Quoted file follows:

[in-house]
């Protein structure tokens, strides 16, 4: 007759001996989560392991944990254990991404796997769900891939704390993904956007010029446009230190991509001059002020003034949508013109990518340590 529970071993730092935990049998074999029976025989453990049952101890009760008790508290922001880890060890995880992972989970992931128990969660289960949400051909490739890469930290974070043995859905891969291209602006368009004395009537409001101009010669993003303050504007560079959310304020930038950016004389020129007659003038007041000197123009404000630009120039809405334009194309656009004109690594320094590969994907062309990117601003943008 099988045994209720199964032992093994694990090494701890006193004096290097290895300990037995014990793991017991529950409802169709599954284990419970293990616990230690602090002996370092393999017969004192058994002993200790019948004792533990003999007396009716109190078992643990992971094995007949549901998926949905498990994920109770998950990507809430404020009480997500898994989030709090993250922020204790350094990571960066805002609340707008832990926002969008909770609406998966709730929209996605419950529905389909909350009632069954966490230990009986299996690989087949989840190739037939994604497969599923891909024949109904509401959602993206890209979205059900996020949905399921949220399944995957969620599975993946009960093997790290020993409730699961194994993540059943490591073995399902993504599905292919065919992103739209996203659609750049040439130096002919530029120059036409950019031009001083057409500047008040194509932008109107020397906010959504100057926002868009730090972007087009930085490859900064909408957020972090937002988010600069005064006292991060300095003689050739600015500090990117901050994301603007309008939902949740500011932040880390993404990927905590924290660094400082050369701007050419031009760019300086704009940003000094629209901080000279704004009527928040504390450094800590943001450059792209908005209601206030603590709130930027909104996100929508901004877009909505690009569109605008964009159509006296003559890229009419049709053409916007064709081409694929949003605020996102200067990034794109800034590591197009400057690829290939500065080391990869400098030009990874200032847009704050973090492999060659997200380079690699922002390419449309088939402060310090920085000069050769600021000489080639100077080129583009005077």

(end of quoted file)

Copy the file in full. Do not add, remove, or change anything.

[in-house]
């Protein structure tokens, strides 16, 4: 007759001996989560392991944990254990991404796997769900891939704390993904956007010029446009230190991509001059002020003034949508013109990518340590 529970071993730092935990049998074999029976025989453990049952101890009760008790508290922001880890060890995880992972989970992931128990969660289960949400051909490739890469930290974070043995859905891969291209602006368009004395009537409001101009010669993003303050504007560079959310304020930038950016004389020129007659003038007041000197123009404000630009120039809405334009194309656009004109690594320094590969994907062309990117601003943008 099988045994209720199964032992093994694990090494701890006193004096290097290895300990037995014990793991017991529950409802169709599954284990419970293990616990230690602090002996370092393999017969004192058994002993200790019948004792533990003999007396009716109190078992643990992971094995007949549901998926949905498990994920109770998950990507809430404020009480997500898994989030709090993250922020204790350094990571960066805002609340707008832990926002969008909770609406998966709730929209996605419950529905389909909350009632069954966490230990009986299996690989087949989840190739037939994604497969599923891909024949109904509401959602993206890209979205059900996020949905399921949220399944995957969620599975993946009960093997790290020993409730699961194994993540059943490591073995399902993504599905292919065919992103739209996203659609750049040439130096002919530029120059036409950019031009001083057409500047008040194509932008109107020397906010959504100057926002868009730090972007087009930085490859900064909408957020972090937002988010600069005064006292991060300095003689050739600015500090990117901050994301603007309008939902949740500011932040880390993404990927905590924290660094400082050369701007050419031009760019300086704009940003000094629209901080000279704004009527928040504390450094800590943001450059792209908005209601206030603590709130930027909104996100929508901004877009909505690009569109605008964009159509006296003559890229009419049709053409916007064709081409694929949003605020996102200067990034794109800034590591197009400057690829290939500065080391990869400098030009990874200032847009704050973090492999060659997200380079690699922002390419449309088939402060310090920085000069050769600021000489080639100077080129583009005077």